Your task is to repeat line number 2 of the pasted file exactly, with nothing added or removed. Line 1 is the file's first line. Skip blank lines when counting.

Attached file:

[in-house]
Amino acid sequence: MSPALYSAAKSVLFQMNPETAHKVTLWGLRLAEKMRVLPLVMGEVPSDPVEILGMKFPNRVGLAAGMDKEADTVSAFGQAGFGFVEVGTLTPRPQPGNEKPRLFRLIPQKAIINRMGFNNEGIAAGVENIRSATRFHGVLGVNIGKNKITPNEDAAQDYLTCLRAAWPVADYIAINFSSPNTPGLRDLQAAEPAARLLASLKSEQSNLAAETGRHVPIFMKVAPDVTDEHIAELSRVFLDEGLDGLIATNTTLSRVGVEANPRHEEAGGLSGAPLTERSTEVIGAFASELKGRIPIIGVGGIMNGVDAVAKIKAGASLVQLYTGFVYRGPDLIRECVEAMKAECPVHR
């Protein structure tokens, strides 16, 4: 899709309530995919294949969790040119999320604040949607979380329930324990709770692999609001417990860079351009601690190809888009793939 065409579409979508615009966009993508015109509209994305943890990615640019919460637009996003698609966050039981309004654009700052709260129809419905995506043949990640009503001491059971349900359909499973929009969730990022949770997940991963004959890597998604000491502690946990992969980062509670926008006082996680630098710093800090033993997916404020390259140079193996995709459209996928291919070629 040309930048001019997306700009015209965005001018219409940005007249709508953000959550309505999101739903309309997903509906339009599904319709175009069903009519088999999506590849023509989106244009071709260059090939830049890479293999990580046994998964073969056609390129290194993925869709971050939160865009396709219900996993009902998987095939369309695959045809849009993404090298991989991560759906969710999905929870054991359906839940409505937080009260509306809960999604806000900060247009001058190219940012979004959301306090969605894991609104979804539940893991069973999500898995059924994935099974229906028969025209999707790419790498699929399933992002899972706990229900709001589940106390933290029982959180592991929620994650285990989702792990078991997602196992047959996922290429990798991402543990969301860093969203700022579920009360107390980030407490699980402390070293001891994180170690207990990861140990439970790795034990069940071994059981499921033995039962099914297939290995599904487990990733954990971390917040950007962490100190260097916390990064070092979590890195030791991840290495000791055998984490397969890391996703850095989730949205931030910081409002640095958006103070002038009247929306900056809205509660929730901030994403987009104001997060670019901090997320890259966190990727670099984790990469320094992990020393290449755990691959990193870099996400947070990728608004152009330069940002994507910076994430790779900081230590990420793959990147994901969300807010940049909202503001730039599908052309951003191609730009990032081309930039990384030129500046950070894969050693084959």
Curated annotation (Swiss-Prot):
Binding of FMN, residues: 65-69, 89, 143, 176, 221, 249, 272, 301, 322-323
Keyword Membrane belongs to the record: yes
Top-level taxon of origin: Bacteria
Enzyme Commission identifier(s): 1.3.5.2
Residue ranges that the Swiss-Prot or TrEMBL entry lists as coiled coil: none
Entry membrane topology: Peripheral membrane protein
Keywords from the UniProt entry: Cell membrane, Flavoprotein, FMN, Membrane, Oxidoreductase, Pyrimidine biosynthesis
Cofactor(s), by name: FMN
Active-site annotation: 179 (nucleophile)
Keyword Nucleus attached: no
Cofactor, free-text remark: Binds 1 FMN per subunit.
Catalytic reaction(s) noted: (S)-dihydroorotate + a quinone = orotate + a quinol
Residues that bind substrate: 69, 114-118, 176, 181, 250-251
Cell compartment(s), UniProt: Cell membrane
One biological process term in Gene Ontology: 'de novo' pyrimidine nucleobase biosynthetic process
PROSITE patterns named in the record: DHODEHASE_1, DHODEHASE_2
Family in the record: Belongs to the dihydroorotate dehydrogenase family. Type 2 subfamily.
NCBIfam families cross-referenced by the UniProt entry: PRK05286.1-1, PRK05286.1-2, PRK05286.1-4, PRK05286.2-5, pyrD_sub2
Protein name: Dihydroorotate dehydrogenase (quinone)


Amino acid sequence: MSPALYSAAKSVLFQMNPETAHKVTLWGLRLAEKMRVLPLVMGEVPSDPVEILGMKFPNRVGLAAGMDKEADTVSAFGQAGFGFVEVGTLTPRPQPGNEKPRLFRLIPQKAIINRMGFNNEGIAAGVENIRSATRFHGVLGVNIGKNKITPNEDAAQDYLTCLRAAWPVADYIAINFSSPNTPGLRDLQAAEPAARLLASLKSEQSNLAAETGRHVPIFMKVAPDVTDEHIAELSRVFLDEGLDGLIATNTTLSRVGVEANPRHEEAGGLSGAPLTERSTEVIGAFASELKGRIPIIGVGGIMNGVDAVAKIKAGASLVQLYTGFVYRGPDLIRECVEAMKAECPVHR